6Protection of a tankn.a.Dry0,6 %n.a.n.a.Rosenbauer Ø 45 mm

Table 1: List of tests

Features of CAFS and foam used

Two vehicles equipped with the CAFS system of the Trento Fire Brigade were used.

  1. Scania Rosenbauer (2003);
Figure 1: Scania Rosenbauer, Trento Fire Brigade (Trento FB)

2. ABP Man Gimaex (2013).

Figure 2: ABP Man Gimaex, Trento FB (Gimaex)

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Foam

Oneseven AFFF B-AR

  • Induction Rate 0,6 %;
  • Expansion Rate (0,6% F.W.) >6,5;
  • Drainage Time >2´;
  • Expansion Rate (0,6%, S.W.) >7;
  • Drainage Time >3´;
  • Its shelf life is about 20-25 years if stored following the recommendations by Vs FOCUM.

Discharge mode and parameters of CAFS foam

In tests 1 to 3 (DEAC and TiCl4) the foam expansion ratio was super dry with foaming agent concentration at 1%. In test 4 and 5 the expansion ratio was wet foam with foaming agent concentration at 0.6%, while in test 6 the expansion ratio was dry foam at 0.6%.

In the super dry foam mode, the nozzle should be pointed at the external edge of the pool. In this way, the growing foam blanket is pushed forward by the foam itself. By applying the foam with this technique, you make sure that the foam slides over the liquid in a very gentle way.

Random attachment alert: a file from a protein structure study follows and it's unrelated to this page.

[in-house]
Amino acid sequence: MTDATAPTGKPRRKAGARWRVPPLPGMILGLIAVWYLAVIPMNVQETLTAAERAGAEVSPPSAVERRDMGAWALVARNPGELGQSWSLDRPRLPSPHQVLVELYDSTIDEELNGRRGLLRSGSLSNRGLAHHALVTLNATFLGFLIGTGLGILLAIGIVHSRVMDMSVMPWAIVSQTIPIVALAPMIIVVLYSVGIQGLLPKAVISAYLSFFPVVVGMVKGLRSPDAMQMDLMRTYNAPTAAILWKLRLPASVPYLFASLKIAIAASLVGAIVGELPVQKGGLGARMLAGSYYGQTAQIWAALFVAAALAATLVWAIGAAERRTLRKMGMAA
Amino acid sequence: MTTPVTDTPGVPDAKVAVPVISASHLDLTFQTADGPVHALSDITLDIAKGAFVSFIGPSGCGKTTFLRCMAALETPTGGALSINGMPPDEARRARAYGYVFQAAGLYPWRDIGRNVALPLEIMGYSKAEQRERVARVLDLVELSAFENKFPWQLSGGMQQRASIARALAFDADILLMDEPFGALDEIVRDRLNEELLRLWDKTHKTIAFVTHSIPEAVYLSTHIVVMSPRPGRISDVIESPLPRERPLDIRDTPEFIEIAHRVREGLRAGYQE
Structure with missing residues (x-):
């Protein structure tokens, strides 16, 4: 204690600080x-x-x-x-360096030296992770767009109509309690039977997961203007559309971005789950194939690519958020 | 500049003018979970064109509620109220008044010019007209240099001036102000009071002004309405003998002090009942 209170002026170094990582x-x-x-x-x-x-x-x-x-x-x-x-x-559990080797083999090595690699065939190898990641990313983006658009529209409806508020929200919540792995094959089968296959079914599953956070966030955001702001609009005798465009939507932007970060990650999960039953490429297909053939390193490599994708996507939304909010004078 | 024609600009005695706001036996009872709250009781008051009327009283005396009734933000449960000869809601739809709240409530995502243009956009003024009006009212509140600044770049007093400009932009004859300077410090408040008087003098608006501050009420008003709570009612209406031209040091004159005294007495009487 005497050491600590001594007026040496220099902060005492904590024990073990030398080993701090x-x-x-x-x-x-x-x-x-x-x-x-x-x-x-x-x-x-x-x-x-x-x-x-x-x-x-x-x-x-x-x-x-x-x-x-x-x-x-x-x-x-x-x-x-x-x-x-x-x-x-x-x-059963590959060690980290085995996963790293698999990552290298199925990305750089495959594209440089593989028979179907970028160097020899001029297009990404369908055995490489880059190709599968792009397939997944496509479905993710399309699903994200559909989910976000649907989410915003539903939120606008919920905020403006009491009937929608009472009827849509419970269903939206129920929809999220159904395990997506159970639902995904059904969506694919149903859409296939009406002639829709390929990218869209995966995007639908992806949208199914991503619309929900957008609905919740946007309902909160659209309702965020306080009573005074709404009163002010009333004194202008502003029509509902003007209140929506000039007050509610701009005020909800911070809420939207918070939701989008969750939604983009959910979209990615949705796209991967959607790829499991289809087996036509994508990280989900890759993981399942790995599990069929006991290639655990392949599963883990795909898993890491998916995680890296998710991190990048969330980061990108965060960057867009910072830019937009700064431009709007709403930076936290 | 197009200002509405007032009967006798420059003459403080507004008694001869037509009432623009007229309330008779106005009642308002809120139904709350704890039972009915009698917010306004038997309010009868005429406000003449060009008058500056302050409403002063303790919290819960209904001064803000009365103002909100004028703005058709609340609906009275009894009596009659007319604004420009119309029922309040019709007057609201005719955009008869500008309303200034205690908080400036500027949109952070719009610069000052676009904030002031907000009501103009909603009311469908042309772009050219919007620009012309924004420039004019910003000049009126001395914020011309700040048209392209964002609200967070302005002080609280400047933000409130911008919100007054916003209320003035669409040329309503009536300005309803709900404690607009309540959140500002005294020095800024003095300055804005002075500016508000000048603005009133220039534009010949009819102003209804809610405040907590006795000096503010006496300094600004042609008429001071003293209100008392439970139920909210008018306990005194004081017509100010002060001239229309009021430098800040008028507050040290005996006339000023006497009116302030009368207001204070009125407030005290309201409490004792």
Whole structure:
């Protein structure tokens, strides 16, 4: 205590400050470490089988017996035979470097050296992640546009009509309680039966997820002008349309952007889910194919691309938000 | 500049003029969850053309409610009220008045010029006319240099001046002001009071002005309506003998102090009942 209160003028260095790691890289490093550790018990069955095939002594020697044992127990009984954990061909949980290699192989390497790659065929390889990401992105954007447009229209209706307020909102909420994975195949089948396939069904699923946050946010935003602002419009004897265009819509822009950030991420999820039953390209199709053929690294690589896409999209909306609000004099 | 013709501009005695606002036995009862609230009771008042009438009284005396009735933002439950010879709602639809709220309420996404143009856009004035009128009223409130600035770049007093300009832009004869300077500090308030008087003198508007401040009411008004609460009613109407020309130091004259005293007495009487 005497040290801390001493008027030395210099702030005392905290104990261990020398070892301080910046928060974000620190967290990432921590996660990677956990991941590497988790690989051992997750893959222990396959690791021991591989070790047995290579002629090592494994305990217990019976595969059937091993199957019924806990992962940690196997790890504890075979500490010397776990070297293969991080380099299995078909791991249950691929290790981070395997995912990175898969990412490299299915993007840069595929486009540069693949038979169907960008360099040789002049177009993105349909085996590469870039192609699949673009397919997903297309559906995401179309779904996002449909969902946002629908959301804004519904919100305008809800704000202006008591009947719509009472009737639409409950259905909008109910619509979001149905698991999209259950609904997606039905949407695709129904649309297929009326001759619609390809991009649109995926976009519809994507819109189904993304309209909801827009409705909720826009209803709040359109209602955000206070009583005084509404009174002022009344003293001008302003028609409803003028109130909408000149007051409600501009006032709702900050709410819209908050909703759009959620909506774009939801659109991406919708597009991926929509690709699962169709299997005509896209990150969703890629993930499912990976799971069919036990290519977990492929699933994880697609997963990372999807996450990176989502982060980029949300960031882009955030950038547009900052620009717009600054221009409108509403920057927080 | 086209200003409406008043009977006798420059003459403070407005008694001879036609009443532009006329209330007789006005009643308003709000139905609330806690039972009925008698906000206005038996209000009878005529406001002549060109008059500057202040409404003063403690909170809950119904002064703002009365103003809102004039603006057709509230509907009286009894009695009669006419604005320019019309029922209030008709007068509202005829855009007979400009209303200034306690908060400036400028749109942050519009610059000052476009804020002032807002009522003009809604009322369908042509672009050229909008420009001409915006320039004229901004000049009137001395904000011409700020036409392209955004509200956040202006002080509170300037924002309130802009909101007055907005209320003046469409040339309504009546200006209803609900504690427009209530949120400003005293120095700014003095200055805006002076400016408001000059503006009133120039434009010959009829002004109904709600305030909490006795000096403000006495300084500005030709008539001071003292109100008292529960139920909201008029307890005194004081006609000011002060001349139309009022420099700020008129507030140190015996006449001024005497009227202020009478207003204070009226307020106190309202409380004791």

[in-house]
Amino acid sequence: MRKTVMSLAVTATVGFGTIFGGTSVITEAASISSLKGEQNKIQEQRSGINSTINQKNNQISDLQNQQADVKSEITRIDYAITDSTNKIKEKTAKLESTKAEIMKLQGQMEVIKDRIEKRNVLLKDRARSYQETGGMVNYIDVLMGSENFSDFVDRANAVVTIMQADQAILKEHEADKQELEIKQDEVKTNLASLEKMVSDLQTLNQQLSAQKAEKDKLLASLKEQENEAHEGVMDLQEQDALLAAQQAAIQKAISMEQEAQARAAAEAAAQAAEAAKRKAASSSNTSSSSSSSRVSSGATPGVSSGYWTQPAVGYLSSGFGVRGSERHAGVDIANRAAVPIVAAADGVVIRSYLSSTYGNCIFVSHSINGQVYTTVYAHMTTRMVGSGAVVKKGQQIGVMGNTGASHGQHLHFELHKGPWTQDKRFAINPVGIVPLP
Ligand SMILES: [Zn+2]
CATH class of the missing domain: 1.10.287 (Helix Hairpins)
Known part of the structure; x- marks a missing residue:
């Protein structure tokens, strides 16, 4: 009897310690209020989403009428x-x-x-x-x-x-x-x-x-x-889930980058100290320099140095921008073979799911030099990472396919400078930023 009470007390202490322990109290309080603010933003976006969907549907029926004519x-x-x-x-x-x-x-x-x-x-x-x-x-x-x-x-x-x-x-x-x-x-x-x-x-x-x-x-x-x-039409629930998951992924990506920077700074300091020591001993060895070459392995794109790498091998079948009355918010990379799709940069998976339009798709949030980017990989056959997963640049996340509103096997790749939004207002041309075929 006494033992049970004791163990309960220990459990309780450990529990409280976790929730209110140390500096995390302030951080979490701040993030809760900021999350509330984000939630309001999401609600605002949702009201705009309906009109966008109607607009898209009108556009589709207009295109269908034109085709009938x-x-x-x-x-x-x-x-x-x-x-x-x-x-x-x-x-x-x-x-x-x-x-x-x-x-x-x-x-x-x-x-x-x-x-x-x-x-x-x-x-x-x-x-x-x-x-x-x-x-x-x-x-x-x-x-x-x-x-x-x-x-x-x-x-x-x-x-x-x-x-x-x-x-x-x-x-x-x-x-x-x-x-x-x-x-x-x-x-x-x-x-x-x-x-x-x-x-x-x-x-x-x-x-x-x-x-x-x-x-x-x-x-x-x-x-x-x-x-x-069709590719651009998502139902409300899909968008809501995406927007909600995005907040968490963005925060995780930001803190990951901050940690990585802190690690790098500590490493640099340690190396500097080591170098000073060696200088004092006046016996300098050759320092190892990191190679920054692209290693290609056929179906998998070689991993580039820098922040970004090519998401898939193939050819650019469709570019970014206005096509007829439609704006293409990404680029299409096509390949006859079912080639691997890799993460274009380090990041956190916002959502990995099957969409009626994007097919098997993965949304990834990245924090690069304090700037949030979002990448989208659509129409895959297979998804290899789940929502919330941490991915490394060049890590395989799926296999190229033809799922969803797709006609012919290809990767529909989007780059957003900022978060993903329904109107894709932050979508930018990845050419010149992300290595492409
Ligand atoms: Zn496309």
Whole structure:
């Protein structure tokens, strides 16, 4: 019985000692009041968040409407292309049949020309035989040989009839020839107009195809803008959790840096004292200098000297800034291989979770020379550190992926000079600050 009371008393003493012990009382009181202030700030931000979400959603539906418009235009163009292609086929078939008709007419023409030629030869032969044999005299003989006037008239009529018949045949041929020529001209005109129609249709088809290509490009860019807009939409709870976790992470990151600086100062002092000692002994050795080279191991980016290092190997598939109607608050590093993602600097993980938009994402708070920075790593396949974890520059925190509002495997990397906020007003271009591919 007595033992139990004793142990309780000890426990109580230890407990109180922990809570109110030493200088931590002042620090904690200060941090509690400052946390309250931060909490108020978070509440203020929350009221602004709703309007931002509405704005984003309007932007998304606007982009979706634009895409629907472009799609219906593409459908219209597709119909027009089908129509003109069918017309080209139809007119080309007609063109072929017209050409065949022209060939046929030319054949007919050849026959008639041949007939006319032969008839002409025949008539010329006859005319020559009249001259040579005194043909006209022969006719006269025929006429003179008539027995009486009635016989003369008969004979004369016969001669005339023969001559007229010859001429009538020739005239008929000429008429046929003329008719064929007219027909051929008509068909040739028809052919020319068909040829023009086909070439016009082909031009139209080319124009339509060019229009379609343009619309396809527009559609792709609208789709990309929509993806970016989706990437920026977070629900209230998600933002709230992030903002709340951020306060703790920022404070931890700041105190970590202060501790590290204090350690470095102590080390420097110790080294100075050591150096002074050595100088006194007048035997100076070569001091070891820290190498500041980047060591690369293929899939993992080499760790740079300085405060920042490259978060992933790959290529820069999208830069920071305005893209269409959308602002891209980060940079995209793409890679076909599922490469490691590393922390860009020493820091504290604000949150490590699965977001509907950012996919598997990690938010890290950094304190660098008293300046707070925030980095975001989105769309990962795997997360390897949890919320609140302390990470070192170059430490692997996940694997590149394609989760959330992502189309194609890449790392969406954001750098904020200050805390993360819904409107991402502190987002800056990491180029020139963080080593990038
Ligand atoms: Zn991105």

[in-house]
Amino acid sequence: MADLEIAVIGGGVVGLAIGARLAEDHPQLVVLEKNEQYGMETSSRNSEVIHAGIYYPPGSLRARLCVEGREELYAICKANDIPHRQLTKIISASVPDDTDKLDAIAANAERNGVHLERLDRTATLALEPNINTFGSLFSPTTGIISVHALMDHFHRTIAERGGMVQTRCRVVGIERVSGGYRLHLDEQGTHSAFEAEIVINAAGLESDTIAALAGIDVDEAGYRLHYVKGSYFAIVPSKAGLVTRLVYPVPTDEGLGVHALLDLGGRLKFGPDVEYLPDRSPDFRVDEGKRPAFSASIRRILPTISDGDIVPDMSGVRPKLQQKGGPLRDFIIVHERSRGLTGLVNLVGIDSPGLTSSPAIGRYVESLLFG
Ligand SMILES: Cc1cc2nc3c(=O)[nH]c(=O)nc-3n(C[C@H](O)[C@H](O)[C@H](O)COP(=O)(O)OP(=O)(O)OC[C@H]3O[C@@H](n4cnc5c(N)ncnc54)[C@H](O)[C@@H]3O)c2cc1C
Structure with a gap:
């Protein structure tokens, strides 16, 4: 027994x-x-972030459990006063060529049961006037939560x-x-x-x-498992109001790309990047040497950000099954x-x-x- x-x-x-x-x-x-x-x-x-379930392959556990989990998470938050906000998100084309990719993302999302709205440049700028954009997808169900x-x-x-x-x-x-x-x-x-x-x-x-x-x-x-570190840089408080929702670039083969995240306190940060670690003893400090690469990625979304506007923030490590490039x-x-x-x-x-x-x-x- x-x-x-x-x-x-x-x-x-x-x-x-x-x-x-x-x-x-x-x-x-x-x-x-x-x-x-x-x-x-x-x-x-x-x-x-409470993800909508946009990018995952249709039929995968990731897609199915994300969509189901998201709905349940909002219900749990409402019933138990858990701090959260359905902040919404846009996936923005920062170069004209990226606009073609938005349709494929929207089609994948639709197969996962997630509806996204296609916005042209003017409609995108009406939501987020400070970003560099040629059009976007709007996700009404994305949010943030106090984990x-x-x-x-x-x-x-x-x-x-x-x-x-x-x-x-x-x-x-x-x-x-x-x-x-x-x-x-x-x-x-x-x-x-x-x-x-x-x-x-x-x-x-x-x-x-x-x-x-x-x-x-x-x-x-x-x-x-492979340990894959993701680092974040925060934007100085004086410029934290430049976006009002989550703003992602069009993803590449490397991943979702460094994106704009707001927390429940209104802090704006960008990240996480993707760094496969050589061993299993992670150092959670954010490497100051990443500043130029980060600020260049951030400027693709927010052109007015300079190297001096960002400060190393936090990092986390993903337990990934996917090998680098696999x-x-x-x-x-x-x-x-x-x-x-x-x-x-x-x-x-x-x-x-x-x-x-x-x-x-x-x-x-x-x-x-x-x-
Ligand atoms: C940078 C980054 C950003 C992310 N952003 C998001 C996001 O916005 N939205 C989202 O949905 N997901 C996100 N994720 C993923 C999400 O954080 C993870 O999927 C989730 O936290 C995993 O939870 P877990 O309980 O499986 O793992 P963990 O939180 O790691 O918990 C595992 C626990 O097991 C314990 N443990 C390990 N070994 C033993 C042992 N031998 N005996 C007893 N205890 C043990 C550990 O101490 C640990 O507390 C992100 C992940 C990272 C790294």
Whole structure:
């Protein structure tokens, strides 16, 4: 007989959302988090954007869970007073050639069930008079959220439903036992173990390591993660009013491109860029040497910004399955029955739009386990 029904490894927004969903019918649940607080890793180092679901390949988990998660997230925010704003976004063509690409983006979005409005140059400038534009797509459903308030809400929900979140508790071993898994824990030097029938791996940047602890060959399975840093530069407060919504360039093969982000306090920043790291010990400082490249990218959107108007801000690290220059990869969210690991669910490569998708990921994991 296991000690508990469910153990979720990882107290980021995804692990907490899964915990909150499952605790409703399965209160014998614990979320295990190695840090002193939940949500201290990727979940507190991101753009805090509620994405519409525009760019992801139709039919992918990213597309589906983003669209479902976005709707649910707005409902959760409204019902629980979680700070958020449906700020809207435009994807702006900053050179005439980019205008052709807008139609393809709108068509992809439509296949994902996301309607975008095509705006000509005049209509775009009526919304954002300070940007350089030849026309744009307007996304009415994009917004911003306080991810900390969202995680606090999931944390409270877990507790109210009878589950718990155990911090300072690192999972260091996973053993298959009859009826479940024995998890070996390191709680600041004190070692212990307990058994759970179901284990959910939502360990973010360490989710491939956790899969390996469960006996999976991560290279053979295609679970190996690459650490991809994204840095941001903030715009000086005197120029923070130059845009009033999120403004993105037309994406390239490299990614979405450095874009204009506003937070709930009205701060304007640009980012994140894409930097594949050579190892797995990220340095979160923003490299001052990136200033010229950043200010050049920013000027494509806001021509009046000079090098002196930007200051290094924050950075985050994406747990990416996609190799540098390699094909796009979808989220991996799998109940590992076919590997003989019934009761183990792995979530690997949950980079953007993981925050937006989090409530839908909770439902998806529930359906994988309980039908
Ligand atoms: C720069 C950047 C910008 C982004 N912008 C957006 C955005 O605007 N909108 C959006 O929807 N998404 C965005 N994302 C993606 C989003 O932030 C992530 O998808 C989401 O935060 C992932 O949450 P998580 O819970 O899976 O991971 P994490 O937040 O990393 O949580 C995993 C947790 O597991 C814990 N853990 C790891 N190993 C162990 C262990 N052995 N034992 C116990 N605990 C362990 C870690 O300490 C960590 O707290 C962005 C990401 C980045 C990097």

Wet foam should be applied in direct mode. The only precaution is to avoid fuel splashes.

Dry foam should be applied with a gentle application. The operator must be far enough to make sure that the foam arrives in the descending phase and has already lost most of its energy before hitting the tank surface.

Results

Disclaimer on the execution of tests.

Data collection and initial parameters entail critical issues:

  • The tests performed were not carried out with a scientific method;
  • The tests were not repeated to verify whether the results were the same;
  • The measurements of containers, extinguishing agent amounts and some products have a variable approximation margin;
  • The tests were carried out by two teams, one had no previous experience with CAFS systems;

On the other hand, it can be stated that:

Tests and data have been carried out, processed and interpreted with the utmost intellectual honesty.

Diethylaluminum Chloride (DEAC)

In test 1, DEAC is poured in a concrete tank open on one side with a metal container of approximately 1×1 mt in it. The DEAC (5 kg) is stored inside a pressurized vessel. The substance is pushed out by nitrogen. Once the container is opened, the liquid flows out through a thin metal pipe.